I blame it on swim team. During practice you compete, or are aware of the notion of competing, from the moment you dive into the water for warm up. There is a fast lane and a slow lane. The lanes are not gender specific. Within those lanes, there is the fastest person – the leader of the lane, and there is the slowest person. No matter who you are there is someone right behind you, just ahead of you, or right beside you. Because everyone wants to move up in their lane and then over to the next fastest lane and then towards the front of that lane, it is guaranteed that most of the people in the pool will be “bringing it” for the majority of the practice. It’s like this every day – all year long.
When I started swimming, for two long years I toiled in the slow lane – first as slowest person in the slow lane, and eventually as fastest person in the slow lane. Before moving over to a faster lane, I joined a different swim team (year-round) - which put me back to tail-gunning the slow lane. But as the old Cherokee, Lone Watie, discussed in The Outlaw Josey Wales (the greatest movie ever made), I endeavored to persevere. I don’t know why, really, but the challenge was addicting and intoxicating, and I never felt discouraged or inadequate despite the fact that I was never the fastest (and was often the slowest) in the pool.
Based on my description, swim practice may seem like a cruel world. But to the contrary – even though I was quite terrible at first, I aspired to be the fastest in the lane, then the fastest in the next lane – even the fastest in the pool. Aspiration, fortunately, is a concept that can be learned and nurtured through healthy competition. I know that the dynamics and competition of swim team helped me grasp the concept of bettering oneself. I carry that concept with me to this day and apply it to as many areas of my life as I can - because there are MANY pools in life, after all. Even though I was far from the best in the pool – the competition made me a better swimmer -and a better person - a better parent, a better worker, a better spouse, a better partner, son, friend, sibling – you get the picture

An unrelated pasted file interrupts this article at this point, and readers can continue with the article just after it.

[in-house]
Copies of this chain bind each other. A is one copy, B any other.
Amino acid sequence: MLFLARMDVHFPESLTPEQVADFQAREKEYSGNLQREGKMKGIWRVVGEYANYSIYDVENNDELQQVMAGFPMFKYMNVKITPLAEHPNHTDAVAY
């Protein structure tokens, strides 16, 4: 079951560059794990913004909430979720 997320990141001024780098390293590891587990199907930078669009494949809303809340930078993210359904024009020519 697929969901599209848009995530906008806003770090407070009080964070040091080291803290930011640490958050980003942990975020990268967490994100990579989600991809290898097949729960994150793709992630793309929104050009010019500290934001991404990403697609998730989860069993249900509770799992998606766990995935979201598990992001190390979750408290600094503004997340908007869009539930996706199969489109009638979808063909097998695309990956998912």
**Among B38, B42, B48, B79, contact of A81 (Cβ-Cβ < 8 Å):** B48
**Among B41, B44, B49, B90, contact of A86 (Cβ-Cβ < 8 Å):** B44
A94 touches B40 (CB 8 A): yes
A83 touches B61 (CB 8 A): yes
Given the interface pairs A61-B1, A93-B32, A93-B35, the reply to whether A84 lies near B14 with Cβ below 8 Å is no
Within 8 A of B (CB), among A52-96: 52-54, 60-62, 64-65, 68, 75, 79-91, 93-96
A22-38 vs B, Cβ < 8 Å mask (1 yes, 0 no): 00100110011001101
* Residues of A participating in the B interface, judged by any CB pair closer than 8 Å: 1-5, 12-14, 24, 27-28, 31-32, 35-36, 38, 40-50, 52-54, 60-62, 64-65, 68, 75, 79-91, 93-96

My point is that we should not shy away from competition just because we’re not the fastest, and we should not steer our kids away from competition because we’re afraid that they can’t handle losing. Competition - both winning and losing - can teach us good lessons. After all, as the profound Steven Tyler of Aerosmith told us (since I’m quoting today), “You got to lose to know how to win.”
Anyway, as I watch my children compete in swimming, soccer, basketball, Jenga, Monopoly, walking around the block – one thing is abundantly clear. I want to compete again – with other people. I see my children’s drive and the drive of their peers and I’m reminded that healthy competition with others will encourage me to better myself as an athlete AND as a person.
So there – I said it. I want to go to swim practice, group bike rides, track workouts, and races again. I want to tell my workout partners and race buddies to watch their backs.
I most likely will not be the fastest, and that’s okay. Because I will aspire – and that’s a good thing.